Subaru Impreza Pikes Peak

30 Nov 2014 | Author: | Comments Off on Subaru Impreza Pikes Peak

Pitch study

I apologize for the lack of recent updates, but the project kept me very busy, and it is now in its closing stages with the redaction of the final report. I still wanted to present some trends for the model I have created, and I will finish with few more pictures in a next entry. It will be then time to move on to other projects, one of which has been shown here.

A hint: some like call it #8220;Hulk#8221; due to its bright colour!

In the meantime, here are some more results of the Pikes Peak Subaru I have created. As a reminder, I took the Pikes Peak v2 shown earlier on, and proceeded to a pitch analysis. I simply varied the pitch angle from -1.5[°] to 1.5[°]. Below are the aerodynamic coefficients obtained:

This follows the theory, and makes sense of course because the diffuser under the front splitter only works efficiently if close to the ground, to take advantage of the so called #8220;ground effect#8221;. This kind of behaviour can be seen also if the whole ride height is reduced, until the car gets too close to the ground and suffer from blockage. The drag coefficient remains fairly constant and indicates that the rear wing#8217;s angle of attack change due to pitch does not cause stall.

Let#8217;s take a look now at the downforce repartition:

As it was seen earlier with the Pikes Peak v2 that enhanced the front downforce balance over v1, further pitching increases the balance even more. But a large problem occurs with negative pitching angle (nose of the car up). At -1.5[°] the car loses almost all balance at the front, which is a major issue.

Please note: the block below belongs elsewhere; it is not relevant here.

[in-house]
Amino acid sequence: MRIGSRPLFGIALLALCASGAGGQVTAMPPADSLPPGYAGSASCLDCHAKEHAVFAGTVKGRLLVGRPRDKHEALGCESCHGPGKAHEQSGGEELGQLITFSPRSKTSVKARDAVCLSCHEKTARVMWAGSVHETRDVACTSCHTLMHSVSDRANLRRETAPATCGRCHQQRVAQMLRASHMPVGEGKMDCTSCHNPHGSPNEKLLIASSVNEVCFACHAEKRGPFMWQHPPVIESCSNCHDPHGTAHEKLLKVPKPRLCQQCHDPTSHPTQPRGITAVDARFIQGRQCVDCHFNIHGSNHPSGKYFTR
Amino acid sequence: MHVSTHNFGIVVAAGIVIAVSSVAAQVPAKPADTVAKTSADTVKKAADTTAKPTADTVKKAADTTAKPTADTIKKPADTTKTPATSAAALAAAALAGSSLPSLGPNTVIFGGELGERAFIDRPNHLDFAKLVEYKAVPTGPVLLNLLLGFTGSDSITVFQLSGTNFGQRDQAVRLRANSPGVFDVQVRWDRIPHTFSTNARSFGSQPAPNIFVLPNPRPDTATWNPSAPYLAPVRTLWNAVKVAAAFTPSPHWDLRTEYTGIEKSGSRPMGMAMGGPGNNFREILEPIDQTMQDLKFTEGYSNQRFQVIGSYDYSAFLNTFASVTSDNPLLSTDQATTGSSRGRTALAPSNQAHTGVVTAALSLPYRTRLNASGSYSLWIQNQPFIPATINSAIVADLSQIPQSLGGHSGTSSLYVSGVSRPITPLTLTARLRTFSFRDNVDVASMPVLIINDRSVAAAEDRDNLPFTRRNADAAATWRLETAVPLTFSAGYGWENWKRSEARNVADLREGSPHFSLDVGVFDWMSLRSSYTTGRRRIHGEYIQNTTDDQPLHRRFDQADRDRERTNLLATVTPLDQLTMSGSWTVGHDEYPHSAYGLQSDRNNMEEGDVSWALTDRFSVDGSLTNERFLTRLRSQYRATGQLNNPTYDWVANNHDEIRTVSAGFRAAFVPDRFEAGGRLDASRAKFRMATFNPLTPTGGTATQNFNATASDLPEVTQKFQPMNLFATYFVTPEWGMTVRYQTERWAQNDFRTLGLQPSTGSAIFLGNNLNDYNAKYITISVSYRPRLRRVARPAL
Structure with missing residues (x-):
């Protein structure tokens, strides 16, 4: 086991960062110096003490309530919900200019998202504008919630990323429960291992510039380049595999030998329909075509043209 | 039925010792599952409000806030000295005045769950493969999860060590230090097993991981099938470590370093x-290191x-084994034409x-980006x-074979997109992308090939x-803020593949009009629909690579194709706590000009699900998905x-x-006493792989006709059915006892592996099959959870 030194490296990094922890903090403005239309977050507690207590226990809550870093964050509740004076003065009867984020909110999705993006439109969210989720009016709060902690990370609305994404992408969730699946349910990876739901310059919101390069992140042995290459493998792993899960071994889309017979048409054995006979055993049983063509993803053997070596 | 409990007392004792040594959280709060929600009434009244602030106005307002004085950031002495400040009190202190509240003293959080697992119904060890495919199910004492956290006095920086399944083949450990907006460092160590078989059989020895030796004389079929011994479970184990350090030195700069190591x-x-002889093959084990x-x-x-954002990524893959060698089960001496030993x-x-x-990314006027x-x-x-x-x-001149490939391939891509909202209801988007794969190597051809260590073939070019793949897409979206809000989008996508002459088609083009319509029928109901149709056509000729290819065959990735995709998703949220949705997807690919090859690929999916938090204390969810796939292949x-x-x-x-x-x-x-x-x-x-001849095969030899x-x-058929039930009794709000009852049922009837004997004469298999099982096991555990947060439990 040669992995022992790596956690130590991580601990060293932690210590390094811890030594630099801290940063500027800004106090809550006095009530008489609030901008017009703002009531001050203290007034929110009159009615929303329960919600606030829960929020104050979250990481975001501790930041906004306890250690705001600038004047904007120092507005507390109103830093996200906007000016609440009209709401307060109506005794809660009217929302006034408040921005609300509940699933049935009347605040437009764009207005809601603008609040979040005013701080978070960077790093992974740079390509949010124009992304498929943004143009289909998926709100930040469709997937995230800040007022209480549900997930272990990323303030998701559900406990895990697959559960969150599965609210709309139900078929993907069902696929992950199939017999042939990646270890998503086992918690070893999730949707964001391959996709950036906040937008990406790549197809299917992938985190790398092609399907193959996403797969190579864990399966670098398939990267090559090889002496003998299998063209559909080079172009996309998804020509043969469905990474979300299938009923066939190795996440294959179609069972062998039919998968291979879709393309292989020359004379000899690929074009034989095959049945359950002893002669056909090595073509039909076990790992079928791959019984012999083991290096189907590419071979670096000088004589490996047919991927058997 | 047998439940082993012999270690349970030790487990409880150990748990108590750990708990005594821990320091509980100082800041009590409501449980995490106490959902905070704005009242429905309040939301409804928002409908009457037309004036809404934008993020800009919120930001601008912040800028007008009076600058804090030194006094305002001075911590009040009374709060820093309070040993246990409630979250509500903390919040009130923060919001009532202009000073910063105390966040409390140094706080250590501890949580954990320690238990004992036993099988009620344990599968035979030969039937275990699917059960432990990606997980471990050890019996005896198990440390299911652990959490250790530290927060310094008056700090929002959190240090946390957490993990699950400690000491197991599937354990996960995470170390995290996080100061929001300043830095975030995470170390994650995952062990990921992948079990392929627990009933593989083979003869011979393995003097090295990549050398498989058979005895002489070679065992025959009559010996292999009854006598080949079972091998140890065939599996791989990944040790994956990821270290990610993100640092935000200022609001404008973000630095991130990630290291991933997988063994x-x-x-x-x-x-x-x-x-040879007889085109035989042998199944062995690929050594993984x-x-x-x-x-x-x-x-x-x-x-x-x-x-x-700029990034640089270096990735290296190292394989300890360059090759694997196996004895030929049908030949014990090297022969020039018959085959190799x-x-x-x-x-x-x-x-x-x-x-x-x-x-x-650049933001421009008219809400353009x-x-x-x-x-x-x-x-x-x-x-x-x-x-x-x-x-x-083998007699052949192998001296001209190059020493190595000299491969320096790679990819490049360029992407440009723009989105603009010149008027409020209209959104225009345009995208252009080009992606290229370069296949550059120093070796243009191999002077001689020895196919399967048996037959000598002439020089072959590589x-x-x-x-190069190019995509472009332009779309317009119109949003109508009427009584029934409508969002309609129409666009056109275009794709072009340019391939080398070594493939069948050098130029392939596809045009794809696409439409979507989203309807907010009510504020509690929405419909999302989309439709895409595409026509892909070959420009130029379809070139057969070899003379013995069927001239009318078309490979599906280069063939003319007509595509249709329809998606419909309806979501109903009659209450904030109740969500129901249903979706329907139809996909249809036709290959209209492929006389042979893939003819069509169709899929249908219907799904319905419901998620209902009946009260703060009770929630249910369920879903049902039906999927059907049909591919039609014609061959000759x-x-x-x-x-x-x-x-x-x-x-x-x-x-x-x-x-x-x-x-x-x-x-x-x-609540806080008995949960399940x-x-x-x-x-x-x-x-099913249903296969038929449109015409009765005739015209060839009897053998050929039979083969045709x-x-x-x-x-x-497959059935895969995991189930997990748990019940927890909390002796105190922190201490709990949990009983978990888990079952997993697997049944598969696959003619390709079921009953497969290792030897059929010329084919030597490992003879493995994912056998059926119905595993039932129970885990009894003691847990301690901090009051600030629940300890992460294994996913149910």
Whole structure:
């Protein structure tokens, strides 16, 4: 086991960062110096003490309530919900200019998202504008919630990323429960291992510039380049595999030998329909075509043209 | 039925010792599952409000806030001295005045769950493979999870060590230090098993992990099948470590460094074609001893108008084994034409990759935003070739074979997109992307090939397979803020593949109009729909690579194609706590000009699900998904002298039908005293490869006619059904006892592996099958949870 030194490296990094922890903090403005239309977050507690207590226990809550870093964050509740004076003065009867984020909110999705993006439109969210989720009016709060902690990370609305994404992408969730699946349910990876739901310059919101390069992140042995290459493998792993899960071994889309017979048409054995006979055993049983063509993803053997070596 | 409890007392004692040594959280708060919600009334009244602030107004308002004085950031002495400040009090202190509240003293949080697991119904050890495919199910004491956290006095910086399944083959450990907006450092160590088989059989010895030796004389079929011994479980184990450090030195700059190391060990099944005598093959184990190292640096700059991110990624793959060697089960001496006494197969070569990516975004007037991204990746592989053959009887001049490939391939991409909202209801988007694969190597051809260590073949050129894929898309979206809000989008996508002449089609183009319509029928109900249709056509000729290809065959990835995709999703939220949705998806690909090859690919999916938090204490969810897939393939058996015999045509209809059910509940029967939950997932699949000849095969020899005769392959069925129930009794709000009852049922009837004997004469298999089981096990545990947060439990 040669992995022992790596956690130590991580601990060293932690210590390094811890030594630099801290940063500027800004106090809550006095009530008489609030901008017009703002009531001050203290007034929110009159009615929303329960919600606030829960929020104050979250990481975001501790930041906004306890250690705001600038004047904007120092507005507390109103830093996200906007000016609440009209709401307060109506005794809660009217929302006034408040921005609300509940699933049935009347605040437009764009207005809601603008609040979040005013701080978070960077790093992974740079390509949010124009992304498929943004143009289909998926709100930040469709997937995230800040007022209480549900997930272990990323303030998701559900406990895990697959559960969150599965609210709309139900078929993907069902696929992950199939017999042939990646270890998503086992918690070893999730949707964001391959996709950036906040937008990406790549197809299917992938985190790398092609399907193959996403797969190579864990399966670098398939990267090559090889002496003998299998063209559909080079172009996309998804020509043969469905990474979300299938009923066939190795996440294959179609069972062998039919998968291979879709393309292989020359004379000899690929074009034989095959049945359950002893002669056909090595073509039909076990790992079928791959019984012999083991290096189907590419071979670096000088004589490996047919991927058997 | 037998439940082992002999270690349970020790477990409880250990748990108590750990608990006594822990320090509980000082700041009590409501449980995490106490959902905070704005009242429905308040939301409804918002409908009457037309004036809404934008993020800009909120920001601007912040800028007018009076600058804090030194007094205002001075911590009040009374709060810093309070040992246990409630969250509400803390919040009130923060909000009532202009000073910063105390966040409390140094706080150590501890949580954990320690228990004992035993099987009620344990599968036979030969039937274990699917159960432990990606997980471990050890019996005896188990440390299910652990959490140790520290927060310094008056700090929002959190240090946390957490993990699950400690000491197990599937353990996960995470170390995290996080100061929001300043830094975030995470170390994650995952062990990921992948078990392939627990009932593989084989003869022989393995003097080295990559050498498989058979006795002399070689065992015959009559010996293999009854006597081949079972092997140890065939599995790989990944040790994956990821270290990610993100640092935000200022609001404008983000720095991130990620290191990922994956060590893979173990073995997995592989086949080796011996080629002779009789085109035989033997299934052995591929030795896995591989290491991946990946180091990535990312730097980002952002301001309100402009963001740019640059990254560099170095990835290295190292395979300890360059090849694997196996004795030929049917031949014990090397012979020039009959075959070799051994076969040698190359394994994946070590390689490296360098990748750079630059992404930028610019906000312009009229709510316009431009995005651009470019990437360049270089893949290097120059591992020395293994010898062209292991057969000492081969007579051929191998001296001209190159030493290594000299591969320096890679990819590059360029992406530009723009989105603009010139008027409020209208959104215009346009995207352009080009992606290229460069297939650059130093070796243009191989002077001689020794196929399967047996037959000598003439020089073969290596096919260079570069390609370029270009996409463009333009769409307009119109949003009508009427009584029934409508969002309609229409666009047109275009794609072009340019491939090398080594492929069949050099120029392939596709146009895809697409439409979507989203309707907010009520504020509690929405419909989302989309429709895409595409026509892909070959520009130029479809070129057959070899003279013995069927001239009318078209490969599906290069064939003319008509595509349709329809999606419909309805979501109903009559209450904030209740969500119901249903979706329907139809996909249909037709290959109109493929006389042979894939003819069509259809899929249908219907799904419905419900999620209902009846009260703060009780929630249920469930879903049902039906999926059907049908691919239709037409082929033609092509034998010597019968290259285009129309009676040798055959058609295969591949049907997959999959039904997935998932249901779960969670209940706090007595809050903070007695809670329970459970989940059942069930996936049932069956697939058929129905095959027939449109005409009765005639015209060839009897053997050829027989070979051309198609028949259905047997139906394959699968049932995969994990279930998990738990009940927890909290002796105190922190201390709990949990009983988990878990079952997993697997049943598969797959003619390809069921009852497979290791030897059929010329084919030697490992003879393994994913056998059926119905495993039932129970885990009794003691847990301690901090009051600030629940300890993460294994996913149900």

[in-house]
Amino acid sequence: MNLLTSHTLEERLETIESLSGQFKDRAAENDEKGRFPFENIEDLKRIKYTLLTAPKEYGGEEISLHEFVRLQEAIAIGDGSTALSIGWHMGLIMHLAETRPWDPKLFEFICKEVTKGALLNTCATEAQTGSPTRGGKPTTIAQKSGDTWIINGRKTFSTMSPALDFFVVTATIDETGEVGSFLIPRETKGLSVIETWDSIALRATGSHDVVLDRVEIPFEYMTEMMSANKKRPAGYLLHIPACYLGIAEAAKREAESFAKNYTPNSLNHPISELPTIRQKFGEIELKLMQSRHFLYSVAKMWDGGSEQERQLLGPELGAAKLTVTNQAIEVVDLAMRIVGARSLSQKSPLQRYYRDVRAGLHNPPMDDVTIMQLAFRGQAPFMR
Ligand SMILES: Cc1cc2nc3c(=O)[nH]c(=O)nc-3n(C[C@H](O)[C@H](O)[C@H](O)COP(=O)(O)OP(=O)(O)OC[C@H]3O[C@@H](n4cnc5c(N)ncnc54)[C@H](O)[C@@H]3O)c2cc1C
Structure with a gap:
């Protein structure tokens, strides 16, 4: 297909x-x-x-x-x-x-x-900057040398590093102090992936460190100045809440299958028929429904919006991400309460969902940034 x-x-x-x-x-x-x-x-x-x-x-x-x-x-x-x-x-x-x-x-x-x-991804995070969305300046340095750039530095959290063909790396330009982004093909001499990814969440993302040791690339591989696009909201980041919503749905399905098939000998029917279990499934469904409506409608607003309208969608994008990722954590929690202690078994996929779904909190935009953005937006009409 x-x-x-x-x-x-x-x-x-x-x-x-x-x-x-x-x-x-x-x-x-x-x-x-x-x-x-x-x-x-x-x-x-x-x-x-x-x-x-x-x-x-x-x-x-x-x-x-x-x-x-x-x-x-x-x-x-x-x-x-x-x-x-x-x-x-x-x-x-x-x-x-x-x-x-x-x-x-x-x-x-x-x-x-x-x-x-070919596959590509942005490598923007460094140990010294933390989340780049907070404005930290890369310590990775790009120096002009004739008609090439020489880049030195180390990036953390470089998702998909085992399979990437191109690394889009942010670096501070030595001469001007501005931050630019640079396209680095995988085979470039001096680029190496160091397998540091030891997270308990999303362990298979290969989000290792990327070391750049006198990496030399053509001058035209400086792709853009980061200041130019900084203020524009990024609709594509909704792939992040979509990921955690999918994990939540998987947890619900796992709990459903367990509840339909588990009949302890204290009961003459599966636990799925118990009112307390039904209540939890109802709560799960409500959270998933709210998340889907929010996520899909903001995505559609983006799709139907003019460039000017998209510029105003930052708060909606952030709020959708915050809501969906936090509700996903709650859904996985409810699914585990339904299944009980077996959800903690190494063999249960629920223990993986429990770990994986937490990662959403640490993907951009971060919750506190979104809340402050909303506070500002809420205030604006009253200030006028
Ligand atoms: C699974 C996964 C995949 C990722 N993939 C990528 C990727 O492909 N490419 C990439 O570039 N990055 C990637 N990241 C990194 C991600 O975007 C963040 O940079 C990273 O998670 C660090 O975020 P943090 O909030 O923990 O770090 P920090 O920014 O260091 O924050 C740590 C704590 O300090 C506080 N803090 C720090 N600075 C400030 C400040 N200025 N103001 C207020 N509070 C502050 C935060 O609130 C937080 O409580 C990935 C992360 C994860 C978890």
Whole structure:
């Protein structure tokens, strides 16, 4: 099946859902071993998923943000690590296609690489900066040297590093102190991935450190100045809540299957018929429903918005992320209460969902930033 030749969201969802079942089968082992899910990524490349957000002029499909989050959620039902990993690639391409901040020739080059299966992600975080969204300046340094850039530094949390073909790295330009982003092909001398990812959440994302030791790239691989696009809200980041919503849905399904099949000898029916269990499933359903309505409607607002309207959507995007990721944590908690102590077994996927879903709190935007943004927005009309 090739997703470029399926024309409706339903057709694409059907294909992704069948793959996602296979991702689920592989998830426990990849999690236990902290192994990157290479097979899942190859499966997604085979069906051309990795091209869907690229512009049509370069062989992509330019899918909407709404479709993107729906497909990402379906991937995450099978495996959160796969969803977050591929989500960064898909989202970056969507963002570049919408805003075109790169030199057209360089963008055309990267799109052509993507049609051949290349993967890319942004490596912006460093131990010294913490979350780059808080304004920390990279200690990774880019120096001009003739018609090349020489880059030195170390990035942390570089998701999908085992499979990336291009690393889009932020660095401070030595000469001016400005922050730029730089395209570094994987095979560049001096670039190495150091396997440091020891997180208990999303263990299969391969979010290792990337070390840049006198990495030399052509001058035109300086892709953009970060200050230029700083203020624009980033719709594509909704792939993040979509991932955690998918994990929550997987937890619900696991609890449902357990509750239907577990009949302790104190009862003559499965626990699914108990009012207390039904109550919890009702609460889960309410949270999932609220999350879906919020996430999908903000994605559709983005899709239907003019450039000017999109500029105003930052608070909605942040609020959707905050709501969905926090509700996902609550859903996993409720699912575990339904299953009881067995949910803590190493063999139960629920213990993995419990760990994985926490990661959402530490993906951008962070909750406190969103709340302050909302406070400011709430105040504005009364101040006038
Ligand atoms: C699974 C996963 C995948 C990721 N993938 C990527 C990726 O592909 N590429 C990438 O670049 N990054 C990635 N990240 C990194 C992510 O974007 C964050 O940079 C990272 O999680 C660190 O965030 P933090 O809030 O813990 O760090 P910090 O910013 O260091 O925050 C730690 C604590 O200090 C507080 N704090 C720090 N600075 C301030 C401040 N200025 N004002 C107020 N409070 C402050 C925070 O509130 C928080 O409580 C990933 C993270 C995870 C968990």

Imagine the driver braking, taking the corner, and accelerating out of it. The car will understeer a lot. The problem with devices that work in ground effect is their high sensitivity to ride height, as were the Formula 1 cars of the 1980s.

A way to counteract the loss of aero balance at the front could be the use of anti-squat system or stiffen the suspension to reduce the body pitch and roll.

A large front wing across the front bumper would have provided a lot of downforce as well, and not suffered from this pitch sensitivity issue, but the scope of the project forbids the blockage of the intercooler. News from the Roger Clark Motorsport Subaru Impreza (which was shown in an earlier blog entry) showed issues with cooling, which gives sense to the scope I have defined prior to the project.

Therefore, a way to drive this car (after suspension tuning of course) is to use trail braking as much as possible. By doing so, the driver would take advantage of the extra downforce given by a pitch angle to turn the car early into the corner, and then accelerate while being in a straight line as much as possible. Late apex driving is of course forbidden!

Further refinement of the front splitter diffuser could be made, but it is important not to forget that the base car is a road car and that chassis modifications cannot be made.

The next entry will be about yaw and should come soon!

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